Castro wins it for Real Betis to push Neville closer to edge

A goal from the Canary Islander gave Betis all three points against Valencia and saw them climb above a side increasingly slipping into the relegation dogfight.

Castro wins it for Real Betis to push Neville closer to edge

It's not looking good for Valencia, or a coach in Gary Neville who, but for his friendship with owner Peter Lim, would have been on his bike back to Britain a while ago. Neville has not won a La Liga match since taking over at Mestalla, and at Real Betis on Sunday his negative run was extended to nine games, while Los Che as a team have not tasted league triumph in 12.

Betis saw off Valencia and moved above Los Blanquinegros in the table thanks to a tenth La Liga goal of the season from Rubén Castro - a marksman who has his bad patches but whose fire never flames out despite the passing of the years. A first victory for boss Juan Merino, fresh from being handed a vote of confidence by new club president Ángel Haro, sees Los Verdiblancos end a winless streak of nine in the top flight, and breathe a little easier.

The shining beacons of hope for this Betis side are Castro, keeper Antonio Adán, and their attitude. Not even a winter remodelling of their right flank, with the pacey Martín Montoya and Charly Musonda thrown straight into the starting line-up, has so far brought a great deal more penetration to a team that had to wait until shortly before half time to string together their first dangerous move, Ricky van Wolfswinkel's attempt stopped by Valencia custodian Matthew Ryan.

Merino had opted for two up front in a bid to solve Betis' shyness in front of goal; however, the real problem for the home coach is his side's inability to connect with the men up top. Lively but perhaps guilty of holding on to the ball for too long, 19-year-old Musonda did provide plenty of glimpses of his quality, though.

In brief bursts, a bitty Valencia made their presence felt in and around the Betis goalmouth earlier than the hosts. First, an unmarked Shkodran Mustafi spurned an effort, incorrectly believing himself to be offside, and soon after André Gomes sent a drive just wide. The Portuguese was proving a threat but was also finding little support, with Denis Cheryshev - offering hard work but little inspiration - disappointing on his first start.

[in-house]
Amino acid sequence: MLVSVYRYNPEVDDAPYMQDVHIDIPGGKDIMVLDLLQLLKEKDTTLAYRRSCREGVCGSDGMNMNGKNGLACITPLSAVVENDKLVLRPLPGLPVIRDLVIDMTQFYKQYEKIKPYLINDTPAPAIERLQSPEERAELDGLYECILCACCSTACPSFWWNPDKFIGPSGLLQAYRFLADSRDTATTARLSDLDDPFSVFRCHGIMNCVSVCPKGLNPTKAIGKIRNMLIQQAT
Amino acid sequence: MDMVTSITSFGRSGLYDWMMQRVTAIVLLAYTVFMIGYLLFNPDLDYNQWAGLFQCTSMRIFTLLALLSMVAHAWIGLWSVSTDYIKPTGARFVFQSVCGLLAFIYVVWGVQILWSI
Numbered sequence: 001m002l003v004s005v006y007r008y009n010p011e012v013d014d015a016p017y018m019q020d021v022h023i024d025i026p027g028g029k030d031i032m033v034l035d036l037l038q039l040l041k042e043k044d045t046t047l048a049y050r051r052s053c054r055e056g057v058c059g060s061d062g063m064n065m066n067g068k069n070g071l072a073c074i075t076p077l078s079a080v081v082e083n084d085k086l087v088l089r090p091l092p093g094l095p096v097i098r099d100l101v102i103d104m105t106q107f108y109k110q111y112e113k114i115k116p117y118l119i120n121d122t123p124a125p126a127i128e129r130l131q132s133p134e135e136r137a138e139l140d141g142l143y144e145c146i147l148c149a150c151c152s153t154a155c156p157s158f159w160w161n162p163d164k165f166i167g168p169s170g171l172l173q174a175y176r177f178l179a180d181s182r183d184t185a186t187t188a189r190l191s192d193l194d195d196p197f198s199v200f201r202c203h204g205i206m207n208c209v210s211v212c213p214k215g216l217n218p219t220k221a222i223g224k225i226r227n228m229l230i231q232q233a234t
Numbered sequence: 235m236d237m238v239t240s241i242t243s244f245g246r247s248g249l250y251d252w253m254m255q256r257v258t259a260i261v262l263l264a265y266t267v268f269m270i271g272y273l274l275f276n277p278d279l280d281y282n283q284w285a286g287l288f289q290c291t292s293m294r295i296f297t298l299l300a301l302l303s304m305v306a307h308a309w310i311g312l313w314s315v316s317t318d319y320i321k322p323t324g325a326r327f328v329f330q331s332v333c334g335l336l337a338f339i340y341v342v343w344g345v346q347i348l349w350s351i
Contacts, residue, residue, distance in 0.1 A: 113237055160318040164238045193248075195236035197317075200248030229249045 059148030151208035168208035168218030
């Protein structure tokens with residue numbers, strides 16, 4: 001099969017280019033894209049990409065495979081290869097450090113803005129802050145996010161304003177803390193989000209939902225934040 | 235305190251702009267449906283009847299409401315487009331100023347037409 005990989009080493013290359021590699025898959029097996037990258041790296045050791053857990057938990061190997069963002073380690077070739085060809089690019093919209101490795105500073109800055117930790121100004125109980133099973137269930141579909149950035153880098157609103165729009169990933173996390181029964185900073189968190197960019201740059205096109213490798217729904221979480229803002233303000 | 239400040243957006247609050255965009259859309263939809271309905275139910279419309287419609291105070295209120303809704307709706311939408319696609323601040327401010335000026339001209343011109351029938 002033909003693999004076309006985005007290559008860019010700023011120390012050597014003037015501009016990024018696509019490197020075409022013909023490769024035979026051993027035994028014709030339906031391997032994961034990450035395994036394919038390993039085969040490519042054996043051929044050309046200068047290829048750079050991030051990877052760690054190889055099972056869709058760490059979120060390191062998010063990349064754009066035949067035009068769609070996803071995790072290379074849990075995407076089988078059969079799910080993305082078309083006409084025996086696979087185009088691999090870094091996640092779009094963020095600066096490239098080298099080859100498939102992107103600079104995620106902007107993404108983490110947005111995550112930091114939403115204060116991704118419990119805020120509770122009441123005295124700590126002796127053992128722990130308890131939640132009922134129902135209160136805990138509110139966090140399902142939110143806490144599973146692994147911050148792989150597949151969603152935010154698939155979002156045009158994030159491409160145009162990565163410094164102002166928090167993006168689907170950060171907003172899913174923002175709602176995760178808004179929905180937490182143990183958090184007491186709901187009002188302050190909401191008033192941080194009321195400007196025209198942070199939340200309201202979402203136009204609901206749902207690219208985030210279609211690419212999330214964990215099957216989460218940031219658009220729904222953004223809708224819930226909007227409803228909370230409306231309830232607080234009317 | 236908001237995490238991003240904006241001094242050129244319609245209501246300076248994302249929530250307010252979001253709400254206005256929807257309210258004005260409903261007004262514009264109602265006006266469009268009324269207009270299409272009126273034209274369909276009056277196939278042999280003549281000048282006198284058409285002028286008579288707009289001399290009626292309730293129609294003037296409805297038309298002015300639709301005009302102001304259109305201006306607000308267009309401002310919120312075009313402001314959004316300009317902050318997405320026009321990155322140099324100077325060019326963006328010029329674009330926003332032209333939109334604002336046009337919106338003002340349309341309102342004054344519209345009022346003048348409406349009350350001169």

Right-back Antonio Barragán played in a mask, and it was a metaphor for Neville's side: a team that is hiding. When they grab the initiative, they have the capacity to impose themselves on their opponents - but they never seem to do that. If they ratchet up the pressure, chances come, such as that created by substitute José Luis Gayá (later sent off for two bookable offences) for striker Álvaro Negredo, who shot wide when well-placed.

And if they slacken off, they find themselves going a goal behind from an eminently defendable situation: Castro fed Musonda, who passed the ball on to Van Wolfswinkel, the Dutchman's mishit drive turning into a great cross for Betis' 34-year-old striker to poke in from close range. Incidentally, it's the second time in the last two games that Van Wolfswinkel and Castro have combined for the latter to score.

Negredo had two clear opportunities to equalise, the first coming moments after Betis' opener, but the former Manchester City player appears absent and lacking in self-belief, Juan Manuel Vargas clearing from the 30-year-old from in front of the posts before another effort went off target.

Jorge Molina did have the ball in the net for Betis, but saw the flag up for offside. And in the dying seconds, the same fate befell Mustafi for the visitors. The German was off, though only marginally so. But nobody complained; there doesn't seem to be any character about them.

And there was still time for Adán, again showing why his presence is one of the major causes for optimism among the Betis faithful, to prevent Rodrigo Moreno from levelling at the death.